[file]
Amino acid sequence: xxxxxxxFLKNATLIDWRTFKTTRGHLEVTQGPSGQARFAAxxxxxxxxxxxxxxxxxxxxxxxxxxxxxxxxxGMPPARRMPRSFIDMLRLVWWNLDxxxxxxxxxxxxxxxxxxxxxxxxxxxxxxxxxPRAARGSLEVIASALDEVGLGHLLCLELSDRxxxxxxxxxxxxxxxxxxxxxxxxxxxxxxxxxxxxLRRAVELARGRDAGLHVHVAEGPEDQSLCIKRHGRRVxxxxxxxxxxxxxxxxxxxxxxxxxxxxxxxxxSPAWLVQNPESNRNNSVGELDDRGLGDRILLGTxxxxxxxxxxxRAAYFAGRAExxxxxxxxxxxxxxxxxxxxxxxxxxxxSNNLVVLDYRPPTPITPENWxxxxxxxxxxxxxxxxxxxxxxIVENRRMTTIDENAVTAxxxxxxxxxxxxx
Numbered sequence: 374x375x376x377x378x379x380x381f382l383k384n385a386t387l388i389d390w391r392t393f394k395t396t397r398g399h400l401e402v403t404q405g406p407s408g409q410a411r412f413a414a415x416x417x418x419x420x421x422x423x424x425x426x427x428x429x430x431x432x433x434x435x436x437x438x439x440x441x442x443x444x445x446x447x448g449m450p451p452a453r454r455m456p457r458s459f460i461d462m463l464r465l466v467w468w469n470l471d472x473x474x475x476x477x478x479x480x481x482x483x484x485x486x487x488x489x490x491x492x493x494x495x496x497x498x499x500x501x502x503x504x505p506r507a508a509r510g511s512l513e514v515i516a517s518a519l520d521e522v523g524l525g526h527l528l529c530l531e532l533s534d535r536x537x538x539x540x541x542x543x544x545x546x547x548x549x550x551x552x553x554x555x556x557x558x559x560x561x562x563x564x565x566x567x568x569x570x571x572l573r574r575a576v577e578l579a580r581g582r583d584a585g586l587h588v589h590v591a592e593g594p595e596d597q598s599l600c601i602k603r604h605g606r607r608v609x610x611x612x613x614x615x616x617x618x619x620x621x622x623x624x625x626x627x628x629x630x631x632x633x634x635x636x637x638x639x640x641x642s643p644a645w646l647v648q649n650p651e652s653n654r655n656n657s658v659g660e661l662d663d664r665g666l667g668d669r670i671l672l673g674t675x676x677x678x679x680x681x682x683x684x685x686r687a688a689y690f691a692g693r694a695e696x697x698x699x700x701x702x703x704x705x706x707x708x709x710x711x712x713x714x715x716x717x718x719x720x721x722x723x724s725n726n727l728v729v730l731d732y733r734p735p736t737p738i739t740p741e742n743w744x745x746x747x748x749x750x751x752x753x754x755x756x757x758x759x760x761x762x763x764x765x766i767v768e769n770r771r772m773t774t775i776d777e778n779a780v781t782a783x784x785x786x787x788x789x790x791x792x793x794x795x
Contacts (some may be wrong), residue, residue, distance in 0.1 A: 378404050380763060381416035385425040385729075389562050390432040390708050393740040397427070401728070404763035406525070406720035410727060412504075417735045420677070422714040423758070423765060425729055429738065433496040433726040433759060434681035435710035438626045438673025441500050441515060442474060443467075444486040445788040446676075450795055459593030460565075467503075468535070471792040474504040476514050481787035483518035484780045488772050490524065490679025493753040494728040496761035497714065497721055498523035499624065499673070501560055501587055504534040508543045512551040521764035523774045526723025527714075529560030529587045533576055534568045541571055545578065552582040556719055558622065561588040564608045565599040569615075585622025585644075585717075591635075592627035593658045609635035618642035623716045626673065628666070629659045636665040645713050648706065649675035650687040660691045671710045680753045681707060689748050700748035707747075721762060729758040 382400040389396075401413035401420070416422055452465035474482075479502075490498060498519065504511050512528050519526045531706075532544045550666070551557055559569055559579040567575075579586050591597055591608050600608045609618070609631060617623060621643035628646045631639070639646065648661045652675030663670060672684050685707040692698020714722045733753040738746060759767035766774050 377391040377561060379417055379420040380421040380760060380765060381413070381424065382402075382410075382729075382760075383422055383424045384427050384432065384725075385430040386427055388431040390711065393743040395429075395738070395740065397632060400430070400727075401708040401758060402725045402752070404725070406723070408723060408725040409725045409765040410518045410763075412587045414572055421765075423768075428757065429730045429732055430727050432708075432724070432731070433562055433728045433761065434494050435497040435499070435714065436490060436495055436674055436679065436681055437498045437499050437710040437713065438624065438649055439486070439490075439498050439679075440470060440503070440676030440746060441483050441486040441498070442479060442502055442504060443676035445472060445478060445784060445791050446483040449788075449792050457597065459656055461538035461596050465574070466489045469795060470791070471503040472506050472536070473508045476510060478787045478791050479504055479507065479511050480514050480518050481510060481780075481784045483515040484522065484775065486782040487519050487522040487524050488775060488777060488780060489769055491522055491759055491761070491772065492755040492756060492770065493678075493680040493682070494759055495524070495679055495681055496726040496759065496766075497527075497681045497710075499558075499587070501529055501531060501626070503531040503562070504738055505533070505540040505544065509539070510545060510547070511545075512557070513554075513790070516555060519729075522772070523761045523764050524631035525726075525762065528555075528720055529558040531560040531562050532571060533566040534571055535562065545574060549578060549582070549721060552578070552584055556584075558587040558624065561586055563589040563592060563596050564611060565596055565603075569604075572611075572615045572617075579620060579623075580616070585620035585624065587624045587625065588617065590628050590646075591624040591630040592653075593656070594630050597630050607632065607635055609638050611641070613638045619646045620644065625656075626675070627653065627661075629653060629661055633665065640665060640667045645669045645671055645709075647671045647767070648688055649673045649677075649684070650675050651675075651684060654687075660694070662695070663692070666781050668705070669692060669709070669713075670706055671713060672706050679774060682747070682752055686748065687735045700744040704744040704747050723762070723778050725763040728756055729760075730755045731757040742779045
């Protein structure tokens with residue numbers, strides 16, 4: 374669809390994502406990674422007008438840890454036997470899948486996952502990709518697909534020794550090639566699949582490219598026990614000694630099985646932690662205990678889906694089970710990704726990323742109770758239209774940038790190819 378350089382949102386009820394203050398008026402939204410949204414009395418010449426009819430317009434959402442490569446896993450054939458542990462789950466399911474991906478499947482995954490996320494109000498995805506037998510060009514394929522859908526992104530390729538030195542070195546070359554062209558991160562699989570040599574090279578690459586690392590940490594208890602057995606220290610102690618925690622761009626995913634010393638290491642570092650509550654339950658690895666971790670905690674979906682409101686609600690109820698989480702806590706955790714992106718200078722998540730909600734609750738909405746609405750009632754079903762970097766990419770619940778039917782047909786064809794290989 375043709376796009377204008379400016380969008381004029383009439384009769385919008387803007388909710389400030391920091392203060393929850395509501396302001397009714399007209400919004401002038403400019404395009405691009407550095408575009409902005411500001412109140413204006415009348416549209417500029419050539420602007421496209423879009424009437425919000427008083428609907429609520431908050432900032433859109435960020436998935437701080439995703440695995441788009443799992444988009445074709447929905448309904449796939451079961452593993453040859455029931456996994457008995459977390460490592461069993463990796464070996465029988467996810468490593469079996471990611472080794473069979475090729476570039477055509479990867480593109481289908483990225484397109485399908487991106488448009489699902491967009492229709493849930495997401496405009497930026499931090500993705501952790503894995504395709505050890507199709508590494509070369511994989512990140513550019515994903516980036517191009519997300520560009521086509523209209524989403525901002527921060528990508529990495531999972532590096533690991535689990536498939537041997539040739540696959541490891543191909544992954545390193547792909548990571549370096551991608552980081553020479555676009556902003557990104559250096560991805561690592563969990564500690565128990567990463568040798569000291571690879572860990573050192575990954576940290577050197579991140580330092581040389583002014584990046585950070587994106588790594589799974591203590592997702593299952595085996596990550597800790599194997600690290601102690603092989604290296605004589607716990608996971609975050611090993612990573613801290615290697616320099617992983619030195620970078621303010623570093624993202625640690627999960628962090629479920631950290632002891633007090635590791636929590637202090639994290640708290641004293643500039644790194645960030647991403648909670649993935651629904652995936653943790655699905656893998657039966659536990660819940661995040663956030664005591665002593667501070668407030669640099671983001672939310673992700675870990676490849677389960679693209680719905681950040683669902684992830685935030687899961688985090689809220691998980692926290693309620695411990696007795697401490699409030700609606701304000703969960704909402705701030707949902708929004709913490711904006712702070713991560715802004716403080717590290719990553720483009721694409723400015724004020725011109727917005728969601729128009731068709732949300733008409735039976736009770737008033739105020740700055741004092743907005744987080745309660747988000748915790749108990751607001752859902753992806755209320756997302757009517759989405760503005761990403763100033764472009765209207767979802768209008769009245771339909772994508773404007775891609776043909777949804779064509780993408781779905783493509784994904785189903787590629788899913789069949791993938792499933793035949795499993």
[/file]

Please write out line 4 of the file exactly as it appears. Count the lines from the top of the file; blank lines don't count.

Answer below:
């Protein structure tokens with residue numbers, strides 16, 4: 374669809390994502406990674422007008438840890454036997470899948486996952502990709518697909534020794550090639566699949582490219598026990614000694630099985646932690662205990678889906694089970710990704726990323742109770758239209774940038790190819 378350089382949102386009820394203050398008026402939204410949204414009395418010449426009819430317009434959402442490569446896993450054939458542990462789950466399911474991906478499947482995954490996320494109000498995805506037998510060009514394929522859908526992104530390729538030195542070195546070359554062209558991160562699989570040599574090279578690459586690392590940490594208890602057995606220290610102690618925690622761009626995913634010393638290491642570092650509550654339950658690895666971790670905690674979906682409101686609600690109820698989480702806590706955790714992106718200078722998540730909600734609750738909405746609405750009632754079903762970097766990419770619940778039917782047909786064809794290989 375043709376796009377204008379400016380969008381004029383009439384009769385919008387803007388909710389400030391920091392203060393929850395509501396302001397009714399007209400919004401002038403400019404395009405691009407550095408575009409902005411500001412109140413204006415009348416549209417500029419050539420602007421496209423879009424009437425919000427008083428609907429609520431908050432900032433859109435960020436998935437701080439995703440695995441788009443799992444988009445074709447929905448309904449796939451079961452593993453040859455029931456996994457008995459977390460490592461069993463990796464070996465029988467996810468490593469079996471990611472080794473069979475090729476570039477055509479990867480593109481289908483990225484397109485399908487991106488448009489699902491967009492229709493849930495997401496405009497930026499931090500993705501952790503894995504395709505050890507199709508590494509070369511994989512990140513550019515994903516980036517191009519997300520560009521086509523209209524989403525901002527921060528990508529990495531999972532590096533690991535689990536498939537041997539040739540696959541490891543191909544992954545390193547792909548990571549370096551991608552980081553020479555676009556902003557990104559250096560991805561690592563969990564500690565128990567990463568040798569000291571690879572860990573050192575990954576940290577050197579991140580330092581040389583002014584990046585950070587994106588790594589799974591203590592997702593299952595085996596990550597800790599194997600690290601102690603092989604290296605004589607716990608996971609975050611090993612990573613801290615290697616320099617992983619030195620970078621303010623570093624993202625640690627999960628962090629479920631950290632002891633007090635590791636929590637202090639994290640708290641004293643500039644790194645960030647991403648909670649993935651629904652995936653943790655699905656893998657039966659536990660819940661995040663956030664005591665002593667501070668407030669640099671983001672939310673992700675870990676490849677389960679693209680719905681950040683669902684992830685935030687899961688985090689809220691998980692926290693309620695411990696007795697401490699409030700609606701304000703969960704909402705701030707949902708929004709913490711904006712702070713991560715802004716403080717590290719990553720483009721694409723400015724004020725011109727917005728969601729128009731068709732949300733008409735039976736009770737008033739105020740700055741004092743907005744987080745309660747988000748915790749108990751607001752859902753992806755209320756997302757009517759989405760503005761990403763100033764472009765209207767979802768209008769009245771339909772994508773404007775891609776043909777949804779064509780993408781779905783493509784994904785189903787590629788899913789069949791993938792499933793035949795499993």